What's New in Sinatra 1.2?

By Konstantin Haase on Thursday, March 3, 2011

As announced on the mailing list, we have just released Sinatra 1.2.0. Let’s have a closer look at the new features.

Slim support

Sinatra now supports the Slim Template Engine:

require 'sinatra'
require 'slim'

get('/') { slim :index }


@@ index
! doctype html
title Sinatra With Slim
h1 Slim Is Fun!
a href="http://haml-lang.com/" A bit like Haml, don't you think?

Inline Markaby

Like Builder and Nokogiri templates, Markaby can now be used directly inline:

require 'sinatra'
require 'markaby'

get '/' do
markaby do
html do
head { title "Sinatra With Markaby" }
body { h1 "Markaby Is Fun!" }

Layout Engines

Whenever you render a template, like some_page.haml, Sinatra will use a corresponding layout, like layout.haml for you. With the :layout option it has always been possible to use a different layout, but it still had to be written in the same template language, Haml in our example. In 1.1 we introduced markdown, textile and rdoc templates. It is not possible to use those for layouts. We therefore added the :layout_engine option, which easily allows you to combine one two different template engines:

require 'sinatra'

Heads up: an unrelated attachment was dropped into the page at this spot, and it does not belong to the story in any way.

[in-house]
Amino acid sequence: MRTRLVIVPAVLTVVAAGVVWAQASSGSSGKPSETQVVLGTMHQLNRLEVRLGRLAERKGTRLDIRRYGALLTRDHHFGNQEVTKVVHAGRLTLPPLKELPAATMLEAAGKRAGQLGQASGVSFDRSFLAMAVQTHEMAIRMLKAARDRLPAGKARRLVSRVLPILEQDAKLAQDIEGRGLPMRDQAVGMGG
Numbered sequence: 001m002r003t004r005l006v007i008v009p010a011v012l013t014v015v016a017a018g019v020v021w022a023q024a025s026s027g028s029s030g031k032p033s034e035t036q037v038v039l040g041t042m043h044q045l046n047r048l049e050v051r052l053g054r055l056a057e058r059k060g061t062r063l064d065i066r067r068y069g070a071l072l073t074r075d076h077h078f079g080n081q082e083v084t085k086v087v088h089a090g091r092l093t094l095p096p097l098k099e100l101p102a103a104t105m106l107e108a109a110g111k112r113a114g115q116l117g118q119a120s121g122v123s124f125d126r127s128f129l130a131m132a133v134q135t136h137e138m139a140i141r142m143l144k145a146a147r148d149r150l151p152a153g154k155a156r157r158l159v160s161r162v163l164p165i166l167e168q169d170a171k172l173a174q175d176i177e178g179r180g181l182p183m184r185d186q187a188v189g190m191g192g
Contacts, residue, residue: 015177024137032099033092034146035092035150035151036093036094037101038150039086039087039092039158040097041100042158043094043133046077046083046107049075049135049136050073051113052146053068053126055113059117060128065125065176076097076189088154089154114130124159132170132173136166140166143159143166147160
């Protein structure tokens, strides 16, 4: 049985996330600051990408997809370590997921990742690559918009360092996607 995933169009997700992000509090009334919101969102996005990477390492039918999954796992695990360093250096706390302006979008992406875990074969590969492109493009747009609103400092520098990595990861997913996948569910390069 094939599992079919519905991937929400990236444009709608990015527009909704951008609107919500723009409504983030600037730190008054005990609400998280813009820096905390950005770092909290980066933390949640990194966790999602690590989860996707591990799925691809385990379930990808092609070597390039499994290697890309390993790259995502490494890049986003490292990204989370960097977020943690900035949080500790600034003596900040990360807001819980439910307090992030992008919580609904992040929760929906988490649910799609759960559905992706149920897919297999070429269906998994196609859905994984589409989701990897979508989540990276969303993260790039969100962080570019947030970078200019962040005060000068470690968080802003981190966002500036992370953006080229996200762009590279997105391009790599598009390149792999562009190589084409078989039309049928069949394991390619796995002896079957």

require 'rdiscount'

# for all markdown files, use post.haml as layout
set :markdown, :layout_engine => :haml, :layout => :post

get '/' do
# use index.haml for readme
markdown :README, :layout => :index

get '/:post' do
markdown params[:post].to_sym

This feature should also be handy when migrating from one template language to another, as it allows you to combine Erb with Haml, for instance.

Conditional Filters

We introduced pattern matching filters in 1.1. Now they also support conditions:

before :agent => /Song Bird/ do
# ...

Those can also be combined with patterns, of course:

after '/api/*', :provides => :json do
# ...

URL helper

Usually Sinatra does not provide any view helper methods. Those are provided by extensions and would not suit Sinatra’s approach of a small but robust core. However, constructing URLs is a use case most people run into sooner or later. It is a bit complicated to construct URLs right. Consider this example:

get('/foo') { "<a href='/bar'>Will you make it?</a>" }
get('/bar') { "You made it!" }

Feel free to run it. Works, doesn’t it? So, what is wrong with it?

Imagine your app is “mounted” by another Rack application, for instance in a config.ru like this:

map('/there') { run Sinatra::Application }
map('/') { run MyRailsApp::Application }

Now the link to /bar would end up in a request send to MyRailsApp rather than to Sinatra. Injecting request.script_name would fix this, but be honest, how often do you do that?

Now, imagine these links are presented out of context, in an RSS feed or embedded on another host. In that case you might want to construct absolute URLs. This is even more cumbersome, as you most certainly either forget to handle reverse proxies, alternative ports/protocols or you end up with lots of URL related code all over the place, while what you should do is use the url helper: